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Oscillator

Oscillator

Notes, thoughts, and news on synthetic biology.

Starters: Fermenting With Finger Yeast

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Nico and Charlie's first sourdough, by {link url="http://flic.kr/p/jGty5Y"}Wayne Marshall{/link}

My friend Wayne and his daughters Nico and Charlie recently made sourdough bread with homemade starters containing wild yeasts and bacteria. They started with just flour and water, capturing microbes from the air that start chewing up the flour, making the bubbles and flavors that give the bread its texture and its kick. I love to see kids excited about microbes and I really love that they jump-started their fermentations with what they call "finger yeast," microbes from their fingers that got into their starters as they were making it and giving it a personalized flavor! Here's a great video of the girls talking about their experiences with baking and fermentation:

And here's more on the process and recipe from Wayne's blog:

Our own approach mixes as it departs from them all. We’re totally into starters and soakers and long fermentations and low kneading and hearty country loaves, but we’re hardcore about ingredients: we’re using 100% whole wheat flour (a lot of so-called whole wheat loaves are actually 70/30 or 50/50, with plenty of refined white flour to up the gluten ratio to better trap air and make the bread bubbly & springy); we’re also making “lean” breads (as opposed to “enhanced” with fats or sweeteners) — just flour + water + microbes + salt. It’s a challenge — for many, it’s long been a holy grail — but it feels elemental. And rewarding. Even when a loaf comes out flat, it still has amazing depth of flavor.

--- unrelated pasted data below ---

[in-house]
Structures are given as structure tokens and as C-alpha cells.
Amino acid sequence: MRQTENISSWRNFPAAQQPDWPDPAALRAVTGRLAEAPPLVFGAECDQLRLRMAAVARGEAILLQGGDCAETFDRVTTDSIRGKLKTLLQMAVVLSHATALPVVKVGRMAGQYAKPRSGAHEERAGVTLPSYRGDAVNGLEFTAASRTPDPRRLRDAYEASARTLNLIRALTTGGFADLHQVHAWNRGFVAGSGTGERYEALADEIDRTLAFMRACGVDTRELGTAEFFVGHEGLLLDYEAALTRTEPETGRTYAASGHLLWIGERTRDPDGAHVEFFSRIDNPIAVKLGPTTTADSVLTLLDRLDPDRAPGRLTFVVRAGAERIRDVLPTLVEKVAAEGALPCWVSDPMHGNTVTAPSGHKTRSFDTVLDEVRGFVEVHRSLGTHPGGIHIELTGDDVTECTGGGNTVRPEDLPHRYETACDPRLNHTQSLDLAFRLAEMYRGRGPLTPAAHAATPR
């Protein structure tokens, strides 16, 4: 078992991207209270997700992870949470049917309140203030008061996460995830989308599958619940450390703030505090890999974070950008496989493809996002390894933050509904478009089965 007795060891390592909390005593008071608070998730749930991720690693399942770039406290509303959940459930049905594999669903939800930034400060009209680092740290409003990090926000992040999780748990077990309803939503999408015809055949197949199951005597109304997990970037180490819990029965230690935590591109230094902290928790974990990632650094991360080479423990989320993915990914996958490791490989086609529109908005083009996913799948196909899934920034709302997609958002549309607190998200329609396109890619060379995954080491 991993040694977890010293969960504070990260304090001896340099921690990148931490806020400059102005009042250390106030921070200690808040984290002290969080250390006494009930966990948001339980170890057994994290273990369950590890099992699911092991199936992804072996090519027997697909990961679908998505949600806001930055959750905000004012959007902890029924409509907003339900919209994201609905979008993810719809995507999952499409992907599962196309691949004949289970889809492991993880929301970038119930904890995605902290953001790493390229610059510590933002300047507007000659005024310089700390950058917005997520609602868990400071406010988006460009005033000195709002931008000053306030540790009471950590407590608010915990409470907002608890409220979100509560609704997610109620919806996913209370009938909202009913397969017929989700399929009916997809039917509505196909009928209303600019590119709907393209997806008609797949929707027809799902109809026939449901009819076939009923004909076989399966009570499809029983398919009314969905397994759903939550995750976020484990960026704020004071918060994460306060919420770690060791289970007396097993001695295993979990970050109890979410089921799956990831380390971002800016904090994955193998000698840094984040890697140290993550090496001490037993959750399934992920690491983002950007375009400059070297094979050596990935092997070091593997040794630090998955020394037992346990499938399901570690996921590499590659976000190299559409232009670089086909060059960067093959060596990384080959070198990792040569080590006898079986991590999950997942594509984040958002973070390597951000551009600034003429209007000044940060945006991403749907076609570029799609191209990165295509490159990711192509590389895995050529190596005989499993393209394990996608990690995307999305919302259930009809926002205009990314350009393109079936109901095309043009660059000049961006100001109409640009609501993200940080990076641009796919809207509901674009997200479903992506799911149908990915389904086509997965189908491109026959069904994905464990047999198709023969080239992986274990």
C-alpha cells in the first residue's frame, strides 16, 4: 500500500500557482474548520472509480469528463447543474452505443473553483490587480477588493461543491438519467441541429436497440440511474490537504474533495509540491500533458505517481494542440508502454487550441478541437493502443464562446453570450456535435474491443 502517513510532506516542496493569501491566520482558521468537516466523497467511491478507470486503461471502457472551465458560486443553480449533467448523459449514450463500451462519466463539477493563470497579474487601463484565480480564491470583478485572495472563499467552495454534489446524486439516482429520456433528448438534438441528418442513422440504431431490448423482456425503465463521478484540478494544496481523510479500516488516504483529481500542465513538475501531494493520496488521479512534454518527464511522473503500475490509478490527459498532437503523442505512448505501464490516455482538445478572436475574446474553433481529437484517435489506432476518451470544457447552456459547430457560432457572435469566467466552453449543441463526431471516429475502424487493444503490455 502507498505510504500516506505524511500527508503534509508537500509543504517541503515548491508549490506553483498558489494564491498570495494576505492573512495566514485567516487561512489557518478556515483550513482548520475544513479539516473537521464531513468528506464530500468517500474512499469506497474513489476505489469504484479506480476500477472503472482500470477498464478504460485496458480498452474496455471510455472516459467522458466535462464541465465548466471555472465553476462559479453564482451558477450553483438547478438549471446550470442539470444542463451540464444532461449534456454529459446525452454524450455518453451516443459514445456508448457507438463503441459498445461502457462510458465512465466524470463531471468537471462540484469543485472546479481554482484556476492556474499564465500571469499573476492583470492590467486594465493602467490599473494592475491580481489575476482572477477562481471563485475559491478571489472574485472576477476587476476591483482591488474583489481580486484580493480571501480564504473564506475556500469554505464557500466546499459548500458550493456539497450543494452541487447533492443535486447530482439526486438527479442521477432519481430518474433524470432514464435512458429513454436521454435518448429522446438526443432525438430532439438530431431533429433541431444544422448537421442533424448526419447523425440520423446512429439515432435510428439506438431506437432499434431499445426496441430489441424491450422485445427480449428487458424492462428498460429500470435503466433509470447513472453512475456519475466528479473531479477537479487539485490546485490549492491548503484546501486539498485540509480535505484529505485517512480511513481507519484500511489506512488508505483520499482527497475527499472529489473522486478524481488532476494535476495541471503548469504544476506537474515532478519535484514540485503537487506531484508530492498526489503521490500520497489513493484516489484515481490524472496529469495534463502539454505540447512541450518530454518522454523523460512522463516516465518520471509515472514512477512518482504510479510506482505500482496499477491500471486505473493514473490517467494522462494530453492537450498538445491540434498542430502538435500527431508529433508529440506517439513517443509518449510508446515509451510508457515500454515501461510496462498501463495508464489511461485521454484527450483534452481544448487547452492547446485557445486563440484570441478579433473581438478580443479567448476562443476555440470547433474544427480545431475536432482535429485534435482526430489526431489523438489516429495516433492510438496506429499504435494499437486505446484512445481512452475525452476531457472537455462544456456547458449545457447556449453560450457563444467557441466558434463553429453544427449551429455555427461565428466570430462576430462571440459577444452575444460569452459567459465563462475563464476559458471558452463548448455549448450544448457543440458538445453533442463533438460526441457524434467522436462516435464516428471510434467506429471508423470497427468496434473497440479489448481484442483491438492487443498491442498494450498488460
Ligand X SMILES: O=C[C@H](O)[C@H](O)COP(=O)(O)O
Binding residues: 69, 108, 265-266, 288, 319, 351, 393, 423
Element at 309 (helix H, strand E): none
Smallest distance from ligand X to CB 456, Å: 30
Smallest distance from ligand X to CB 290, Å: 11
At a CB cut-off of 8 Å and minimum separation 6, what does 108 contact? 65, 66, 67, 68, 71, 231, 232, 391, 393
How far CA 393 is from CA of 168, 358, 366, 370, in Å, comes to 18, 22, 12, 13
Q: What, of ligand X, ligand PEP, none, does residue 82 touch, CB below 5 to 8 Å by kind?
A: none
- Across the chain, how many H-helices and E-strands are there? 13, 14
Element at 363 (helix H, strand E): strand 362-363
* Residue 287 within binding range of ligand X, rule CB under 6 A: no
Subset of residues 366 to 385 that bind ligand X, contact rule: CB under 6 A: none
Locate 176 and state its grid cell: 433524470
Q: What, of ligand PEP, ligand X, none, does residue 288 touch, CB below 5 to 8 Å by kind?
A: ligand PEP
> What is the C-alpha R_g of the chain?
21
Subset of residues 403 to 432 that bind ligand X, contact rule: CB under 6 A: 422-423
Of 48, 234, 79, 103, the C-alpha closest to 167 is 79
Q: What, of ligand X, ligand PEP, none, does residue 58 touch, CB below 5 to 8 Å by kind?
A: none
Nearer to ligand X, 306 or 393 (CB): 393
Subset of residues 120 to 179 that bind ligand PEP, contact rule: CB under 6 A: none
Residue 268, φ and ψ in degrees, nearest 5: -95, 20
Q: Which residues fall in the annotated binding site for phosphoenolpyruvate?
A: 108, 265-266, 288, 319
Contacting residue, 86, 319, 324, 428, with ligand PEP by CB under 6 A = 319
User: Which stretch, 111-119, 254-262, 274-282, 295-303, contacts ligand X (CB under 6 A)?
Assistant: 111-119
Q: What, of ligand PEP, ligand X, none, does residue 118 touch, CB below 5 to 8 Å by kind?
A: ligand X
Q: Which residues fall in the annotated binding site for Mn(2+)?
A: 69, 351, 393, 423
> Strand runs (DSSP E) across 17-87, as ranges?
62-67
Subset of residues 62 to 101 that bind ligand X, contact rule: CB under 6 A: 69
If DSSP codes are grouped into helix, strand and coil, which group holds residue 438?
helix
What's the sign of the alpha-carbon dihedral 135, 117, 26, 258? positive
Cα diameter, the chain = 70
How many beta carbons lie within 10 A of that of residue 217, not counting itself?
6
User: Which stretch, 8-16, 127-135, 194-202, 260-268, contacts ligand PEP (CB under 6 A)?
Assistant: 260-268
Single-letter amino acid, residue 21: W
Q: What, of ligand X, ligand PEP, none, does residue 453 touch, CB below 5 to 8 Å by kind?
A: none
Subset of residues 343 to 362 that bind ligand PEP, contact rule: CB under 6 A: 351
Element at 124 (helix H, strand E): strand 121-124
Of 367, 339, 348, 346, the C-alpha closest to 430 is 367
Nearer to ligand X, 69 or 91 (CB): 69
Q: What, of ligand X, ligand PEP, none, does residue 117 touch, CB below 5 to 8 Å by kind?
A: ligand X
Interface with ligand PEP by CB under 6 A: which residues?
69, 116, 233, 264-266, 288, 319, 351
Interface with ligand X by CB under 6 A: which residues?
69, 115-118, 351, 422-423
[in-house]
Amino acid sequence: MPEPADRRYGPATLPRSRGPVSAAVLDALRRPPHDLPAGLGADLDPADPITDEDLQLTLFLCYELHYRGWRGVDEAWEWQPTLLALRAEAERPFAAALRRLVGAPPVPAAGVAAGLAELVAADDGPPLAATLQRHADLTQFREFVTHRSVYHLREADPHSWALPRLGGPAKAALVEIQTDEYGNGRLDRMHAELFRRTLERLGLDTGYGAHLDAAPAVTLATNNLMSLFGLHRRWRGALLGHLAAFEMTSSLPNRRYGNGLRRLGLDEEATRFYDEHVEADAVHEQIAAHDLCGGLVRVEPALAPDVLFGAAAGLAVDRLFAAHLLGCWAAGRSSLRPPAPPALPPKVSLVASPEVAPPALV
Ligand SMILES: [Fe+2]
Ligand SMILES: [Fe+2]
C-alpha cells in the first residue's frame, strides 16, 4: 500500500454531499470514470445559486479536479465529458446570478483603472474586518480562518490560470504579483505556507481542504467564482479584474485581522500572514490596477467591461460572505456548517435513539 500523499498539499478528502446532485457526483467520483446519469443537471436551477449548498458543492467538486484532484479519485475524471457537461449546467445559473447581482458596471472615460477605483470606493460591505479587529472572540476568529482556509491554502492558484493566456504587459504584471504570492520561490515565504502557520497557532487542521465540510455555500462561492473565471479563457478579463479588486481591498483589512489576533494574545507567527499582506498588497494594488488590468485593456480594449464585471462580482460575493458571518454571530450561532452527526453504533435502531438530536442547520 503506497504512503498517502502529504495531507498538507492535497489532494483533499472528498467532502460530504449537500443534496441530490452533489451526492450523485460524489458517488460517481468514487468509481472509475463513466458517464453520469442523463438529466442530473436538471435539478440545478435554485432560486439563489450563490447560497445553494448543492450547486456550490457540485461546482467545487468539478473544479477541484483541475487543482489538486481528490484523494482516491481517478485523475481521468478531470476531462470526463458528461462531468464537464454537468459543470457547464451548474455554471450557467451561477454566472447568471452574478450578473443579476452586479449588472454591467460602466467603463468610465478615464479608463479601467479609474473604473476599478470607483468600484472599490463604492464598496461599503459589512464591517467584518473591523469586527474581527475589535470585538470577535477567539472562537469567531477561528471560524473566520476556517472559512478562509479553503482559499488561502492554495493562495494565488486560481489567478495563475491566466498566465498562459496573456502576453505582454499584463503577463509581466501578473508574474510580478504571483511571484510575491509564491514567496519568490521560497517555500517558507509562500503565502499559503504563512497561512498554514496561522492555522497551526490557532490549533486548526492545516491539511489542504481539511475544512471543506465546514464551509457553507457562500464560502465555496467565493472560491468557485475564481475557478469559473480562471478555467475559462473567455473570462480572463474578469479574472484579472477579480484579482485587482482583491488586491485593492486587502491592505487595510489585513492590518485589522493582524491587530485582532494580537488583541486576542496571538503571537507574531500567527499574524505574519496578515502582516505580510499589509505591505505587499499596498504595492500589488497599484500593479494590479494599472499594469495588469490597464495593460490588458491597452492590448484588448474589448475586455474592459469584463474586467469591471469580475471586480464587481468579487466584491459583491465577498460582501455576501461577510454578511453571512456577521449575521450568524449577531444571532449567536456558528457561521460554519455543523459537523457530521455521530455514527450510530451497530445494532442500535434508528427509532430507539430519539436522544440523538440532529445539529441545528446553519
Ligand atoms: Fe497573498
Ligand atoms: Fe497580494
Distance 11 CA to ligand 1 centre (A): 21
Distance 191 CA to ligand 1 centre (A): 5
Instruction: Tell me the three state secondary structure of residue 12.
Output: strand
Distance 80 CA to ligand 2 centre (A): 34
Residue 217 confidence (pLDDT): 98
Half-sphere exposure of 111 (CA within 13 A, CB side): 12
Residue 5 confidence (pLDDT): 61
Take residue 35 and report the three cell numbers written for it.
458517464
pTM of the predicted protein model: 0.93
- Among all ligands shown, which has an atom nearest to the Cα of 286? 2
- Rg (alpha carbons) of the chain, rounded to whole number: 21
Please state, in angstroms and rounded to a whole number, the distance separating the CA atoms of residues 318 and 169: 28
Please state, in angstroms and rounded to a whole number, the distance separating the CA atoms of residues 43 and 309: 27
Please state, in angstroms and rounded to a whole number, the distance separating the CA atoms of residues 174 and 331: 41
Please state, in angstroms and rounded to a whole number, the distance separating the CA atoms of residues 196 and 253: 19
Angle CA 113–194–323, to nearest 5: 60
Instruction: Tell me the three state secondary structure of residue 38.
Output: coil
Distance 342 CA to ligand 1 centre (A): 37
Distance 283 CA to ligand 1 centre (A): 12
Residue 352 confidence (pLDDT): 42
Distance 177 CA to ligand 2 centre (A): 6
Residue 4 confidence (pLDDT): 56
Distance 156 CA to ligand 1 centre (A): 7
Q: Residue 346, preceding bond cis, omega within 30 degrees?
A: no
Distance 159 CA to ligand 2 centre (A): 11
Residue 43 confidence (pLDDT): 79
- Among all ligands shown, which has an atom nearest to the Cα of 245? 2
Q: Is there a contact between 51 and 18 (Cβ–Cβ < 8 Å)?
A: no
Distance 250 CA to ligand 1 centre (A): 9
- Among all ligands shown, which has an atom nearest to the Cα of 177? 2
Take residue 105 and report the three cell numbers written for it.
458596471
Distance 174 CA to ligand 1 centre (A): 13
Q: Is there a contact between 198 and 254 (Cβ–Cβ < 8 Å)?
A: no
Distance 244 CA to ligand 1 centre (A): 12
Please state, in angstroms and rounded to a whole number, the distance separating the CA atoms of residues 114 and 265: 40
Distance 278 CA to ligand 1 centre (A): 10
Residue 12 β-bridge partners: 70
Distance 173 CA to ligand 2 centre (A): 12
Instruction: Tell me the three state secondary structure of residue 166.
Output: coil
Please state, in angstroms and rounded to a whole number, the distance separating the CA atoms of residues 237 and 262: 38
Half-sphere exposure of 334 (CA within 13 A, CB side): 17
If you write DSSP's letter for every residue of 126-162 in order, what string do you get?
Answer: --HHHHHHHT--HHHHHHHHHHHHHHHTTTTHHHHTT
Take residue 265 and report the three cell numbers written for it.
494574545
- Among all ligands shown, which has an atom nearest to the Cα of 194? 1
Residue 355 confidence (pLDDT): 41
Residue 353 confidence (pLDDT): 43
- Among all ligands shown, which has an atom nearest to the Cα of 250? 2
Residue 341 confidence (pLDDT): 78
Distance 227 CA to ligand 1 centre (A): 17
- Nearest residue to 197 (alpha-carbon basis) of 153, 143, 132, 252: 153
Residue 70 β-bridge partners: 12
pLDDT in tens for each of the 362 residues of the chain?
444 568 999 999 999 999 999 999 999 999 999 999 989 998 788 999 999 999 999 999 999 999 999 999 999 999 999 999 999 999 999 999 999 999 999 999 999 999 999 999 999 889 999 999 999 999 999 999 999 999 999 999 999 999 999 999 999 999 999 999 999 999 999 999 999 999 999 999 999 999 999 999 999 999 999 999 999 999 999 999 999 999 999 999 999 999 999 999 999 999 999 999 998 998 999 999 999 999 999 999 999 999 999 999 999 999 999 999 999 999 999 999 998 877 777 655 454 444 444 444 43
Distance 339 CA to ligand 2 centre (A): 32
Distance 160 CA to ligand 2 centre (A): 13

After mixing up their own soakers (water + flour, to help soften the bran and begin enzymatic processes) and starters (essentially, 60 grams of their cultures + 200g flour + 150g water) the night before, and letting them each go to work for 12 hours, they woke up and mixed their final doughs the next morning. I baked the loaves for the girls while they were at school, scoring each one with a first initial, and they came out just lovely — and were even tastier than they were beautiful...

We’re looking forward to future experiments with microbes — maybe future videos too. It’s been fun to learn about all this stuff together, and we hope some people might want to copy our experiments and share theirs with us. We’ll do our best to keep you posted on future things a-brewin’.

Make sure to check out the rest of the post for more photos and insights into fermentation. I can't wait for future experiments!

The views expressed are those of the author and are not necessarily those of Scientific American.

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